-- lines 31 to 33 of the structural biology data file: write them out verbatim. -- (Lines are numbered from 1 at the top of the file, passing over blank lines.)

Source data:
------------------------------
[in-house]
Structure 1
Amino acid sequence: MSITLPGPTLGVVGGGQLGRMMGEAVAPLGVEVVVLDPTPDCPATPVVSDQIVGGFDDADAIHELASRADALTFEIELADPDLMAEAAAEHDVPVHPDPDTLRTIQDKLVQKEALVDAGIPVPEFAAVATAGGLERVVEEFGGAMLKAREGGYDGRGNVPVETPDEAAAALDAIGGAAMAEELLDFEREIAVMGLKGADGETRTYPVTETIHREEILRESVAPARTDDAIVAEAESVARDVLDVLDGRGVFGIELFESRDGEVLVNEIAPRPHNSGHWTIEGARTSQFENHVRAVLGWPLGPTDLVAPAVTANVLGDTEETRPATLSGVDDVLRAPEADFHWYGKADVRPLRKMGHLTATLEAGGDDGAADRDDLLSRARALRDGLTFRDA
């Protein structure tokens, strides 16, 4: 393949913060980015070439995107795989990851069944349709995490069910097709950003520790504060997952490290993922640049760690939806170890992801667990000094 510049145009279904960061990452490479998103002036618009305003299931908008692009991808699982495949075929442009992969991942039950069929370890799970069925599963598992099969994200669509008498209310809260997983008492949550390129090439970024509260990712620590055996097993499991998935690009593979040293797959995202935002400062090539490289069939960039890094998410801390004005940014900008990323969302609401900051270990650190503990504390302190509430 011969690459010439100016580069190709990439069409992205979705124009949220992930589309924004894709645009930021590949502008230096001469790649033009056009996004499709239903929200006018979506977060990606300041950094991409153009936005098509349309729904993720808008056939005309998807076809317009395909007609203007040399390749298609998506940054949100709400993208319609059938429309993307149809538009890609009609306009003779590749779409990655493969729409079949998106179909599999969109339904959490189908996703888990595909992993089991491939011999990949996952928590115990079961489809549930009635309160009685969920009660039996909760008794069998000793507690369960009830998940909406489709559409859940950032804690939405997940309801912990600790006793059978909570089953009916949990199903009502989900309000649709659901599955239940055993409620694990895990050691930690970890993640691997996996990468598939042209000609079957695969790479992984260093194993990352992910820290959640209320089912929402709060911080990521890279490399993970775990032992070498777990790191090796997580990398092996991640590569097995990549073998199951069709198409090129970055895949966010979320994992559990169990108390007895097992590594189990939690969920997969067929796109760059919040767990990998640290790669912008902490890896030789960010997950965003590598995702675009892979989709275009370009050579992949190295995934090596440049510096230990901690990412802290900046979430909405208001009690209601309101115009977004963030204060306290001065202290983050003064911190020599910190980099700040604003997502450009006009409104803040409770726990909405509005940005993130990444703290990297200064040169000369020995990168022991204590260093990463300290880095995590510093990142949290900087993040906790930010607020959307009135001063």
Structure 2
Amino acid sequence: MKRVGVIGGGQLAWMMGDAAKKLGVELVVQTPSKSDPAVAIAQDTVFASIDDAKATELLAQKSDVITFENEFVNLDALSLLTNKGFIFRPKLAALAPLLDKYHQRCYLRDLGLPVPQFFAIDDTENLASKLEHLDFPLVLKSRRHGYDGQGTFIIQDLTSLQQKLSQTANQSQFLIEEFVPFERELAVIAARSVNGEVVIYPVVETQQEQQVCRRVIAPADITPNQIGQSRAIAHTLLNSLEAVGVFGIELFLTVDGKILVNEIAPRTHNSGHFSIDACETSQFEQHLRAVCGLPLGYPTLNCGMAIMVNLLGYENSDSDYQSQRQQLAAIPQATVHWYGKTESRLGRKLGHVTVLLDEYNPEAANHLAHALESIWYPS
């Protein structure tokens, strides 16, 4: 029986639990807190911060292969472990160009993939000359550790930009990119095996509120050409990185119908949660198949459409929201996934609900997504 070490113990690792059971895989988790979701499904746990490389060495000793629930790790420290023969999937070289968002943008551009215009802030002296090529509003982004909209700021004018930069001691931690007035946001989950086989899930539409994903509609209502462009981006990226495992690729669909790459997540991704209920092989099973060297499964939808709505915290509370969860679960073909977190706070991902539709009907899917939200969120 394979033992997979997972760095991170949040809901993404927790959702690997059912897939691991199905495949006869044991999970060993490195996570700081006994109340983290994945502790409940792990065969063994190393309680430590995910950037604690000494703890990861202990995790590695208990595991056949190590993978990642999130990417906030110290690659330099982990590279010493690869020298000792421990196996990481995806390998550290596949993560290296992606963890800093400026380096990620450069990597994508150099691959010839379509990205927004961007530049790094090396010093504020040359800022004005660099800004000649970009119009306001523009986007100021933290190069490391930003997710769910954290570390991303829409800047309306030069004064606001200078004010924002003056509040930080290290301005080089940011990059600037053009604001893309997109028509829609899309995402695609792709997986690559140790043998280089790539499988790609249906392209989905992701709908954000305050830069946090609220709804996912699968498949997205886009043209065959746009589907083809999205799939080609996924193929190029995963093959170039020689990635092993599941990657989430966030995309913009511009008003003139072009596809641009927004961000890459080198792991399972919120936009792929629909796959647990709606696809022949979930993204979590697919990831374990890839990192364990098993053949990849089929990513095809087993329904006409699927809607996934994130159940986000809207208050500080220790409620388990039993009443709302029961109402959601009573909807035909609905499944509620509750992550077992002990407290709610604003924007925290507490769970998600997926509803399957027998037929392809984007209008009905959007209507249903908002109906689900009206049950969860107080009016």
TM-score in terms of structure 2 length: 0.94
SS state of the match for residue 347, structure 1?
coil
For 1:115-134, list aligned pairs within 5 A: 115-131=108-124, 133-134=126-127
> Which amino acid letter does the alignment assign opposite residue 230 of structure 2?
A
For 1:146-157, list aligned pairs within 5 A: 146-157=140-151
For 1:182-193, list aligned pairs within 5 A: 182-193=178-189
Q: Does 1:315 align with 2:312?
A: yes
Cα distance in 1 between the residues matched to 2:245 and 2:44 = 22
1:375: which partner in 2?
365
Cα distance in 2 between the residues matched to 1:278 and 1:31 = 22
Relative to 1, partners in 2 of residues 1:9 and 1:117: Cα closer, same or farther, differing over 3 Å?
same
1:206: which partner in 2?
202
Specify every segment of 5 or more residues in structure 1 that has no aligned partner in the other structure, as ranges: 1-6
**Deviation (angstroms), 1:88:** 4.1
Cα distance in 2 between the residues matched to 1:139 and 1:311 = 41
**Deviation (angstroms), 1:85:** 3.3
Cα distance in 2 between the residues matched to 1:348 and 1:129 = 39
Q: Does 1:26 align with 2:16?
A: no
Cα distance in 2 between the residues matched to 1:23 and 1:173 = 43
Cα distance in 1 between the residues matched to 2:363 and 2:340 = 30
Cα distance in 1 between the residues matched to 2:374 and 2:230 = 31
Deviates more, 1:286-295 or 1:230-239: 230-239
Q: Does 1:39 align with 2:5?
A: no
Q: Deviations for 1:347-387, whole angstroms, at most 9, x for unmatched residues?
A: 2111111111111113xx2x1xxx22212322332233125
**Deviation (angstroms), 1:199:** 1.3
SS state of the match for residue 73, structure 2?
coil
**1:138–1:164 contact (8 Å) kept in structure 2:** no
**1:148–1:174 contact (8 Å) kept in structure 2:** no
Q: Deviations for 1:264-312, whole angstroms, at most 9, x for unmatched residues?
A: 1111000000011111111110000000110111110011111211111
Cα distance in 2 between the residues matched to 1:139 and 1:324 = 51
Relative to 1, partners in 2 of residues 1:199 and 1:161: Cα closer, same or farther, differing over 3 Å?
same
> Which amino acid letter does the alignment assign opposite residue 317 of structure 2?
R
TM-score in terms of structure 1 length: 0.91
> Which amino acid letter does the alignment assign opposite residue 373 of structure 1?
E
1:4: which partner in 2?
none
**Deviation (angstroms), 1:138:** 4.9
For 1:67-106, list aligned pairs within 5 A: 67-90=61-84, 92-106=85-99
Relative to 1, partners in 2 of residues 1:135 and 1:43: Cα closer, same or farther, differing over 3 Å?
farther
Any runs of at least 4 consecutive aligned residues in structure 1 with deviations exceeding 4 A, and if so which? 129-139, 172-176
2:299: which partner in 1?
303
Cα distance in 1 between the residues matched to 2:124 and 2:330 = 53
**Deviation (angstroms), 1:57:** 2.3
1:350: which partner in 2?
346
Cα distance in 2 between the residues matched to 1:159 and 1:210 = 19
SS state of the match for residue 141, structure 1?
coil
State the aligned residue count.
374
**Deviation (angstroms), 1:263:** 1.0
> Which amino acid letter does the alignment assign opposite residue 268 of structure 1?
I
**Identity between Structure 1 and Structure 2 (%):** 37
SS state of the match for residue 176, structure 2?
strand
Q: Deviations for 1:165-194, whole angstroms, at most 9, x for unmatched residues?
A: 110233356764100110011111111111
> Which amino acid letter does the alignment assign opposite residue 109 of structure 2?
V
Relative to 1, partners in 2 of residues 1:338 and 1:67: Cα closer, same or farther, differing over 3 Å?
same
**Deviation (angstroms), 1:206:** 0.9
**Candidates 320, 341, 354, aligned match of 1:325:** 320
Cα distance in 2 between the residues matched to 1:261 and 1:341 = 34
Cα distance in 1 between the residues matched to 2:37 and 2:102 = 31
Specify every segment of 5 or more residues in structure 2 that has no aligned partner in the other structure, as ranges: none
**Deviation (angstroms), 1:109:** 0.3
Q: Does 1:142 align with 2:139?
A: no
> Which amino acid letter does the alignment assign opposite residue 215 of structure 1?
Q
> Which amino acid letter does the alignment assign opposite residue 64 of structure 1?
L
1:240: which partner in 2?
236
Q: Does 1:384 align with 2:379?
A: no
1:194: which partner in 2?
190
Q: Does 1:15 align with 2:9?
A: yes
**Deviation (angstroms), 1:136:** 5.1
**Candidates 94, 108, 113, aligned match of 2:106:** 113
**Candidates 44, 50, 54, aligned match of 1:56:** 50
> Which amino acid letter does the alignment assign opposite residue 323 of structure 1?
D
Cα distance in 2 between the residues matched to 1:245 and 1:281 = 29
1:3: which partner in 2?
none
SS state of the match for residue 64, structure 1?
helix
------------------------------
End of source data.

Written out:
Q: Does 1:26 align with 2:16?
A: no
Cα distance in 2 between the residues matched to 1:23 and 1:173 = 43